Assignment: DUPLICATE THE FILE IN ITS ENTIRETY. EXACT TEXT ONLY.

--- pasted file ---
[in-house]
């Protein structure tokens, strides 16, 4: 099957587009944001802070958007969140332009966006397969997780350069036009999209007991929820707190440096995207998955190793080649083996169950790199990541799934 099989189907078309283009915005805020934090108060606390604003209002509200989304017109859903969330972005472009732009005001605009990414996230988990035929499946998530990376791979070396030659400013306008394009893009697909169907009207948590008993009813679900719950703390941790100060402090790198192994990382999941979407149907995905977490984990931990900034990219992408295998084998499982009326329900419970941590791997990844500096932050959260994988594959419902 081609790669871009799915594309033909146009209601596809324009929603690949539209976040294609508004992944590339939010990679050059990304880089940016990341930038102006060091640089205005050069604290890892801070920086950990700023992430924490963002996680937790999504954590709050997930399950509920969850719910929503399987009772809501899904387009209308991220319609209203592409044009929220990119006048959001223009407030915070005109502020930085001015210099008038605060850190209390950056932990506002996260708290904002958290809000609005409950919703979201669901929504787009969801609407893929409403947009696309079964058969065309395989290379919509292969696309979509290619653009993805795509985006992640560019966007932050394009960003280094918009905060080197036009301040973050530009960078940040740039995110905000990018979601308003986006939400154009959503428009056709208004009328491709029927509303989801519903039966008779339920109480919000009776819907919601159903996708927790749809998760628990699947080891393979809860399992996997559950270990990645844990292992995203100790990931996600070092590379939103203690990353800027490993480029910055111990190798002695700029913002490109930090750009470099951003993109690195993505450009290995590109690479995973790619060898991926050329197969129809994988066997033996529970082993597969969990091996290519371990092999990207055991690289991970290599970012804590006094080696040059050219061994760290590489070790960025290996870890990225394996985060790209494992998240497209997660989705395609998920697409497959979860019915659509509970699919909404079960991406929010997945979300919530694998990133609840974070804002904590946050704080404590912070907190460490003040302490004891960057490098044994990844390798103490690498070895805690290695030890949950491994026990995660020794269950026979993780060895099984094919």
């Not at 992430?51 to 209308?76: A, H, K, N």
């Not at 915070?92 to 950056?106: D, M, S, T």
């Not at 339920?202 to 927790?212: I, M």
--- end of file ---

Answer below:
[in-house]
């Protein structure tokens, strides 16, 4: 099957587009944001802070958007969140332009966006397969997780350069036009999209007991929820707190440096995207998955190793080649083996169950790199990541799934 099989189907078309283009915005805020934090108060606390604003209002509200989304017109859903969330972005472009732009005001605009990414996230988990035929499946998530990376791979070396030659400013306008394009893009697909169907009207948590008993009813679900719950703390941790100060402090790198192994990382999941979407149907995905977490984990931990900034990219992408295998084998499982009326329900419970941590791997990844500096932050959260994988594959419902 081609790669871009799915594309033909146009209601596809324009929603690949539209976040294609508004992944590339939010990679050059990304880089940016990341930038102006060091640089205005050069604290890892801070920086950990700023992430924490963002996680937790999504954590709050997930399950509920969850719910929503399987009772809501899904387009209308991220319609209203592409044009929220990119006048959001223009407030915070005109502020930085001015210099008038605060850190209390950056932990506002996260708290904002958290809000609005409950919703979201669901929504787009969801609407893929409403947009696309079964058969065309395989290379919509292969696309979509290619653009993805795509985006992640560019966007932050394009960003280094918009905060080197036009301040973050530009960078940040740039995110905000990018979601308003986006939400154009959503428009056709208004009328491709029927509303989801519903039966008779339920109480919000009776819907919601159903996708927790749809998760628990699947080891393979809860399992996997559950270990990645844990292992995203100790990931996600070092590379939103203690990353800027490993480029910055111990190798002695700029913002490109930090750009470099951003993109690195993505450009290995590109690479995973790619060898991926050329197969129809994988066997033996529970082993597969969990091996290519371990092999990207055991690289991970290599970012804590006094080696040059050219061994760290590489070790960025290996870890990225394996985060790209494992998240497209997660989705395609998920697409497959979860019915659509509970699919909404079960991406929010997945979300919530694998990133609840974070804002904590946050704080404590912070907190460490003040302490004891960057490098044994990844390798103490690498070895805690290695030890949950491994026990995660020794269950026979993780060895099984094919």
């Not at 992430?51 to 209308?76: A, H, K, N």
């Not at 915070?92 to 950056?106: D, M, S, T």
């Not at 339920?202 to 927790?212: I, M």